urban homesteads

Today I weeded 1000 plants. Not just any plants, but 1000 tomato plants. 

To be clear, I didn’t weed around 1000 tomato plants, but rather the tomato plants were the weeds, and I pulled out over a thousand of them.

Impossible, you say. Try me, I reply.

How could this happen? Well, I have tiny tomatoes growing in the aquaponic grow beds. This particular tomato is hardy, prolific and opportunistic. Every time a tomato drops, this is what happens:

One dropped tomato equals a dozen tomato seedlings. Neat, right?

Unfortunately, if not managed, the bed will look like this:

So thus a modern homesteader dilemma; Nothing is supposed to go to waste. Everything should be used to it’s utmost potential. Taken to extreme, each tomato plant should find a home. And really, little tomatoes shouldn’t have been forgotten to drop into the bed in the first place.

I know I can’t be the only one that frets about this. My extreme weeding event allowed me to meditate on this dilemma for the good of gardeners everywhere. Weeding, thinning and forgotten fruit are unavoidable. I am choosing to look at this as a reminder of life’s abundance.  Nature is full of redundancies, and it’s my job to make the most of it. 

Sometimes that means I’m going to have too many tomato plants, and sometimes that means tomatoes are going to be my afternoon snack for three weeks straight. And sometimes that means I’m going to have to pull out 1000 tomato plants before they have a chance to flourish, just so basil can flourish instead.

It’s not just about nothing going to waste, it’s about balance. :-)

Inoculating mushroom logs

Birthday Shiitake!  My present this year was 100 spawn plugs (how romantic).

The whitish stuff means they’re ready to grow.

I used three oak logs felled from Hurricane Irma, drilling holes about 3-4 inches apart.  Then I made another staggered line next to it.  It’s a 5/16″ drill bit, drilled 1 ¼ inch deep. 

The instructions say to pound the plugs in with a rubber mallet, but I used a readily available hammer,  

After all the plugs were hammered in flush with the holes, I melted some beeswax (you can use food-grade wax, too, but beeswax is free for me, so, Yay) and just covered the plugs with a smear of wax.  This helps keep competing fungus out of the hole until the shiitake can establish itself.

I finished one log a week for three weeks. The theory is the mushrooms will flush out in a staggered pattern, making a continual mushroom harvest.  I have my doubts, but it’s worth a shot.

This is the third mushroom tripod in the Fairy Garden.  I think I have room for a few more. :-)

6

The garden is juuust starting to produce for us. We got to try the first of our snow peas and I couldn’t help but check the progress of our carrots. They were too small but still tasty. The golden raspberries I planted have stayed pretty small and it looks like we’ll only get a handful but theyre so delicious. I managed to find a whole cache of the snails that have been attacking my peas. I wish I had chickens as these freeloaders would at least contribute as chicken treats. The tomatoes peppers and corn are all still quietly making subtle progress but i think were still weeks away before they start producing anything.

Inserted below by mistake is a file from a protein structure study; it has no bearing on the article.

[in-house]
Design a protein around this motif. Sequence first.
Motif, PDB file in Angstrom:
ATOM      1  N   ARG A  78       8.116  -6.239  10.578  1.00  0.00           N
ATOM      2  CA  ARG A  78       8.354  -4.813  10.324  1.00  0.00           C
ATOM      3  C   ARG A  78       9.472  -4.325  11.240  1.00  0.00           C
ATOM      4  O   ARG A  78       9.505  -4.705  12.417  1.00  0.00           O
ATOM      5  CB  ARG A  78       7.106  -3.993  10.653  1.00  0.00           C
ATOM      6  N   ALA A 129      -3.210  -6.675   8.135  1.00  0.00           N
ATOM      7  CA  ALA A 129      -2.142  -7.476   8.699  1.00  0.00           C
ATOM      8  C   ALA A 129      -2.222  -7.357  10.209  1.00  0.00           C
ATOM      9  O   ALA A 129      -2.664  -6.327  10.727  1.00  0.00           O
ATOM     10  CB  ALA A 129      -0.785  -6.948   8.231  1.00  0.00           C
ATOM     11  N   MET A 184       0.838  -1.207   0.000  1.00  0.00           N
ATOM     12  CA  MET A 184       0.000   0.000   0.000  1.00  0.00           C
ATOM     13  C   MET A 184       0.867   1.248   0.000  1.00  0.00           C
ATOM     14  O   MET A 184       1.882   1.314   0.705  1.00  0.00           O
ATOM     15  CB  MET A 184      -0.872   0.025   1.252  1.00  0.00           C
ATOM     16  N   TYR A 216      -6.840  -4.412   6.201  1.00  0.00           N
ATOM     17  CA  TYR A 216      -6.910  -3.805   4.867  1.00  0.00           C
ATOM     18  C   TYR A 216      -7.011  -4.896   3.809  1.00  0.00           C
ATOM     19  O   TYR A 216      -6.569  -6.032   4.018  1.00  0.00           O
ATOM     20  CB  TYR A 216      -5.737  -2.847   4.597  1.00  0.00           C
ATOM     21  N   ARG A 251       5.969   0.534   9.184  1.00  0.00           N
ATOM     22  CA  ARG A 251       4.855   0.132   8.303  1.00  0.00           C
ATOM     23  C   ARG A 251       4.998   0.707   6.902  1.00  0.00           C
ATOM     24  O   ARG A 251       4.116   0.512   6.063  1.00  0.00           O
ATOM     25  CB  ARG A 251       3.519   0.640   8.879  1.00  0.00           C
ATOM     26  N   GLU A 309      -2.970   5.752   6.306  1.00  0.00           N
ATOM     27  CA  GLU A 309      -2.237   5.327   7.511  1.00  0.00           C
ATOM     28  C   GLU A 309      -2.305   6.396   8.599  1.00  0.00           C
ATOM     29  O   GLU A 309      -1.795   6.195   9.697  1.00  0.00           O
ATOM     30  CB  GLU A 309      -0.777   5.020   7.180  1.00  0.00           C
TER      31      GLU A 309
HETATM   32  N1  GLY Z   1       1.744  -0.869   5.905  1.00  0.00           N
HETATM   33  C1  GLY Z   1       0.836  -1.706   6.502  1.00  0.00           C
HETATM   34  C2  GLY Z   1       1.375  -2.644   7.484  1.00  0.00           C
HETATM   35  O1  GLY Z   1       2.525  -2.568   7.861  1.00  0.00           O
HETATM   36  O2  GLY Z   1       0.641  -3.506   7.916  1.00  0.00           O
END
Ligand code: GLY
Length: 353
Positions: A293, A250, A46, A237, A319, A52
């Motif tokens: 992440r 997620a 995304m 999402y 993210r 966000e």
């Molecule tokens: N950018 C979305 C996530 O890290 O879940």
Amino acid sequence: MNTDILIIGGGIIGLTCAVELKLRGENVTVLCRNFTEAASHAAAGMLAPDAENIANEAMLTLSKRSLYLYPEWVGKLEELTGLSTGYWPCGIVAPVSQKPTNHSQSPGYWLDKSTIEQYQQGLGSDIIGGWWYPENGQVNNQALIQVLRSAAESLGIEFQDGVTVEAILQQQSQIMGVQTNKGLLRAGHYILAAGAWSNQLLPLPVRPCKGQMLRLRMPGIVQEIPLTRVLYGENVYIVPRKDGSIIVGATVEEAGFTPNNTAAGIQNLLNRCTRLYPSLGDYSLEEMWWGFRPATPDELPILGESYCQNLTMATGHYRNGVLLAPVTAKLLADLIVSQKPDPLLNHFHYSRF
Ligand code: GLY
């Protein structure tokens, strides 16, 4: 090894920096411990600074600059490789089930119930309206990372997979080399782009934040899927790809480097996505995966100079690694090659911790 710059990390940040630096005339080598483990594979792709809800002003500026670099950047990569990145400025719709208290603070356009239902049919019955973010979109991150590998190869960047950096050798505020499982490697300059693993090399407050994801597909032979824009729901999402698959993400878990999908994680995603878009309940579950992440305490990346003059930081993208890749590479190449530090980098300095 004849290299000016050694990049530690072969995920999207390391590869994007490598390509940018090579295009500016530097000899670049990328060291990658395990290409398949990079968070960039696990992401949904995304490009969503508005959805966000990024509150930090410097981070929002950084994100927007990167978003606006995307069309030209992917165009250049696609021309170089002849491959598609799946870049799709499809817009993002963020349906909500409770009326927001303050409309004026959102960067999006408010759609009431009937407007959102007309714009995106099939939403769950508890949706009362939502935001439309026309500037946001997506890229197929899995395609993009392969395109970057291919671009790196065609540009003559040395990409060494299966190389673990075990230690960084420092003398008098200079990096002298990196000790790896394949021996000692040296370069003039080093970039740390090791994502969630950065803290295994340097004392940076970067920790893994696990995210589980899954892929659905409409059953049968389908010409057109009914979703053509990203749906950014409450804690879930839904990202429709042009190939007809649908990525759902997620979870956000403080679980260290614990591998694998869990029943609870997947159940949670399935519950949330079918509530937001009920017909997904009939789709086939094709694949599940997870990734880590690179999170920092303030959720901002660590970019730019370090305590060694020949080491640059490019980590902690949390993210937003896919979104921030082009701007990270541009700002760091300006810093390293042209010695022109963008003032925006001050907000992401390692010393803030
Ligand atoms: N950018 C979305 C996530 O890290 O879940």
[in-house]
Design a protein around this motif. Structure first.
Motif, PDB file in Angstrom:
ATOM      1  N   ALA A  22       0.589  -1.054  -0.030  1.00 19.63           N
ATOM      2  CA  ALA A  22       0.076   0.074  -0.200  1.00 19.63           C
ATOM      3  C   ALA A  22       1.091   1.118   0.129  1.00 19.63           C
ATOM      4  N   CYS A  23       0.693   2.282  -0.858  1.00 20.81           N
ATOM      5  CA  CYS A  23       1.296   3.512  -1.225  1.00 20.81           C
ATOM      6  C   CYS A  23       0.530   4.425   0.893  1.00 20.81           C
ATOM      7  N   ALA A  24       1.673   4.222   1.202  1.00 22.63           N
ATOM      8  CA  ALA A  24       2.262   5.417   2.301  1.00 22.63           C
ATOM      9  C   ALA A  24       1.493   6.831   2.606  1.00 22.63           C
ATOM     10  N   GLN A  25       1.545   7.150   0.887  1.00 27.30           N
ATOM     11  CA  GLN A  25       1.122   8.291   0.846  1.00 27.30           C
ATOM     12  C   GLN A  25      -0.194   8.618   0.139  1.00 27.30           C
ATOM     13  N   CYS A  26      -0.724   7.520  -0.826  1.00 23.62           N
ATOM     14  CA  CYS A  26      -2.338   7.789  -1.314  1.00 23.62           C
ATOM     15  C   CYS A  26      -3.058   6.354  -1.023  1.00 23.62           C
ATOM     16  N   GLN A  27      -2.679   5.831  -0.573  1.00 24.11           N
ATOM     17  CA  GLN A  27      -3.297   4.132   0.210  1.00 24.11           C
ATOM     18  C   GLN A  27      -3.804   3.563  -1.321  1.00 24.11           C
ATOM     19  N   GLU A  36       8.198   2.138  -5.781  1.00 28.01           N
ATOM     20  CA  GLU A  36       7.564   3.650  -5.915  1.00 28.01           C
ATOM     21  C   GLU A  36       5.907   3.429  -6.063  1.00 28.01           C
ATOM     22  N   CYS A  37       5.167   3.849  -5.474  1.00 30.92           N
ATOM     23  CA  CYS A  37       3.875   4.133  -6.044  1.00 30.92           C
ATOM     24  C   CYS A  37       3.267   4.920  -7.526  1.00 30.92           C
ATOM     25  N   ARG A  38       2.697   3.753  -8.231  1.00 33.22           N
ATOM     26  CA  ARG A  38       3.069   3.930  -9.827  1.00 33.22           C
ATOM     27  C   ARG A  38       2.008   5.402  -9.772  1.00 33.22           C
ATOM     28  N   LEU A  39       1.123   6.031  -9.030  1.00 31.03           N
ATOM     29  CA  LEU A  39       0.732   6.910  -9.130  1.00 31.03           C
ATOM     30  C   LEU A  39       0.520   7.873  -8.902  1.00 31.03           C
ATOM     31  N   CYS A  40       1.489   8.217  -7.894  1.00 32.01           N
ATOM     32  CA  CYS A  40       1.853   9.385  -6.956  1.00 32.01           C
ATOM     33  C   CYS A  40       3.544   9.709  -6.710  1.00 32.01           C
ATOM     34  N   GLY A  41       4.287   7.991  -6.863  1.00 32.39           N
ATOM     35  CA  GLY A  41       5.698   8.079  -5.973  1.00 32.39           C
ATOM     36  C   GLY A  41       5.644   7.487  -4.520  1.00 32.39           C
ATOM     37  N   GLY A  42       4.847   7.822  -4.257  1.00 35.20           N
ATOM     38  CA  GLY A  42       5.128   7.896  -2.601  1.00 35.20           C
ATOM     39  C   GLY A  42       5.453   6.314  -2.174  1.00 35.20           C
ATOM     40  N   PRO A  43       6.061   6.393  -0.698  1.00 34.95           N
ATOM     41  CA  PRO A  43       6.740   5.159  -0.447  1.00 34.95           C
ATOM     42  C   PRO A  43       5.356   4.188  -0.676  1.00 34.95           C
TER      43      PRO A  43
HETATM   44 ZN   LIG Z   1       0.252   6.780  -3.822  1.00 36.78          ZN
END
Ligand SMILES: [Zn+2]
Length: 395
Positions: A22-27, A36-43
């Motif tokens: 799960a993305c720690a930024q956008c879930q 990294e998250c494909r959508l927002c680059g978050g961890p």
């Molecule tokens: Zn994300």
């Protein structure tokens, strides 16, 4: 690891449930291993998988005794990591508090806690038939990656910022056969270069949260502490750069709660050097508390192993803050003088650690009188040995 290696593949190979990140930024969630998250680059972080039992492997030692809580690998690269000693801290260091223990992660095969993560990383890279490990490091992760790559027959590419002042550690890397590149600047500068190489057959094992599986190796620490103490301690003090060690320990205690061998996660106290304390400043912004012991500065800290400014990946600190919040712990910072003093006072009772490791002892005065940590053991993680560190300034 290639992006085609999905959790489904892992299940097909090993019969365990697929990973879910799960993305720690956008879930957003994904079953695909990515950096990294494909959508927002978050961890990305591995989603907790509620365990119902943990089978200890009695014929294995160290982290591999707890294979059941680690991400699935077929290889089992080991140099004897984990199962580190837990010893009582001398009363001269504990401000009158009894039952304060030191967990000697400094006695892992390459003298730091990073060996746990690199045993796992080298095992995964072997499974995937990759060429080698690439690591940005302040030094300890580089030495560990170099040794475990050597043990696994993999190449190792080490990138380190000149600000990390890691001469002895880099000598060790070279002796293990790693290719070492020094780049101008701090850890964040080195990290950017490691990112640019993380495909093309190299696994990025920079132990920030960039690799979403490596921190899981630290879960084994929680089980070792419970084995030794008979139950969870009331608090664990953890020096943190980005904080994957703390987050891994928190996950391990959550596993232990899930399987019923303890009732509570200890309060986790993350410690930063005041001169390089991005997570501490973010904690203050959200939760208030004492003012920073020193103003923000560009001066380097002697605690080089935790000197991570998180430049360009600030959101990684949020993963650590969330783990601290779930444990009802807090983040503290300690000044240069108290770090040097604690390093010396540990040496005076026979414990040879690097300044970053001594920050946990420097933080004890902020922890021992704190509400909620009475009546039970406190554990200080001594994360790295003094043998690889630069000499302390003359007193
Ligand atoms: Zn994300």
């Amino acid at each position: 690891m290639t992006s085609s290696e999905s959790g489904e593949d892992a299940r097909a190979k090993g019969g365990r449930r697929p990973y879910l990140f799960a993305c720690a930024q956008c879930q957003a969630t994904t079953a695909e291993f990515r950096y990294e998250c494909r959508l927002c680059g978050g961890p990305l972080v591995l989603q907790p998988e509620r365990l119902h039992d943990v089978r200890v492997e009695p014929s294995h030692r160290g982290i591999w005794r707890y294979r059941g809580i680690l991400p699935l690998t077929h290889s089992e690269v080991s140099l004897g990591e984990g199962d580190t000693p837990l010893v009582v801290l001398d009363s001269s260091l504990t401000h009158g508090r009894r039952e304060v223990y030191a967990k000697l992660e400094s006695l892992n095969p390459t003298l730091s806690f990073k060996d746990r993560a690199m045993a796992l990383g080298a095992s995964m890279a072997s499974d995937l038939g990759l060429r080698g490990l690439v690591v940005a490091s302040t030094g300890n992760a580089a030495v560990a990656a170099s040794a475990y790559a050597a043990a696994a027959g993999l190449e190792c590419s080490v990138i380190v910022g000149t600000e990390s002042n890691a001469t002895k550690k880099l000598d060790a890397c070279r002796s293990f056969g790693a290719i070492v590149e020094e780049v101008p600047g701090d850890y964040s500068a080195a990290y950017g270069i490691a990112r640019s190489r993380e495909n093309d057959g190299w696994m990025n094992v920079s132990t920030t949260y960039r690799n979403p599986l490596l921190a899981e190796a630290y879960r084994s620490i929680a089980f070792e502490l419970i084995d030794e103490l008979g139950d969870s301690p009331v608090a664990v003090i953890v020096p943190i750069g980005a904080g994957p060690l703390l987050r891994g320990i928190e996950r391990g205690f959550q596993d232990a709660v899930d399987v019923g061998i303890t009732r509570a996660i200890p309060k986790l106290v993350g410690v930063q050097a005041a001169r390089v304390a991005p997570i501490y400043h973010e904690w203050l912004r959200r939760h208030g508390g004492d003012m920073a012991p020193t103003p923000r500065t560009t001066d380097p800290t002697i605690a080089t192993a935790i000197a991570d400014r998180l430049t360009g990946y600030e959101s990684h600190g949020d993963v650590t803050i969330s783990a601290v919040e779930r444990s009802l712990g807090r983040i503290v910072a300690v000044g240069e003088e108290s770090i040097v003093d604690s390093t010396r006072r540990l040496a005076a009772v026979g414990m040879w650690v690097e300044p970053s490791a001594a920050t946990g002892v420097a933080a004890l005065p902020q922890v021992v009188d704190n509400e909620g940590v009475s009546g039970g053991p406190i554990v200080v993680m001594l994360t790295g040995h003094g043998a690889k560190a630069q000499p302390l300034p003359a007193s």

Not a great picture but i still wanted to post it. Ive been wanting to have rain barrels for years. Theyre pretty pricy online but I never once considered making my own. I plan to do it right. Ill have a diverter and cut the excess screen off. Put in overflow and a spigot for filling watering cans. I’ll make a stand and elevate it. But I’ve put it off for so long and its been pouring rain these last few days. So today I bought a trashcan, screen, and a bungee cord, put this together in less than a minute, and stuck it under a messed up part of our gutter. Trying to do what i can with what I have, when i have it. Instead of waiting for “ideal” conditions which never happen.

2

Week 19 of the 2018 growing season.

It’s the start of blackberry and plum season now, and the tomato plants are reliably producing every week. Still waiting on the sweet peppers but after that there should be the full range of crops available. The wicking box salad successions are coming along nicely too.

2.9kg of cucumbers (about half of which were massive ones that won’t fit in the selling boxes - I think I’ll try and find a smaller Persian cucumber variety next year), 2.4kg of tomatoes (half sellable, half were splitting from the weather), 2.3kg of courgettes and 400g of mixed lettuce. Plenty to sell in the salad stall, but I hadn’t counted on them resurfacing the road outside all day, which looks like it massively lowered foot traffic and resulted in only £2 of sales (a box of tomatoes).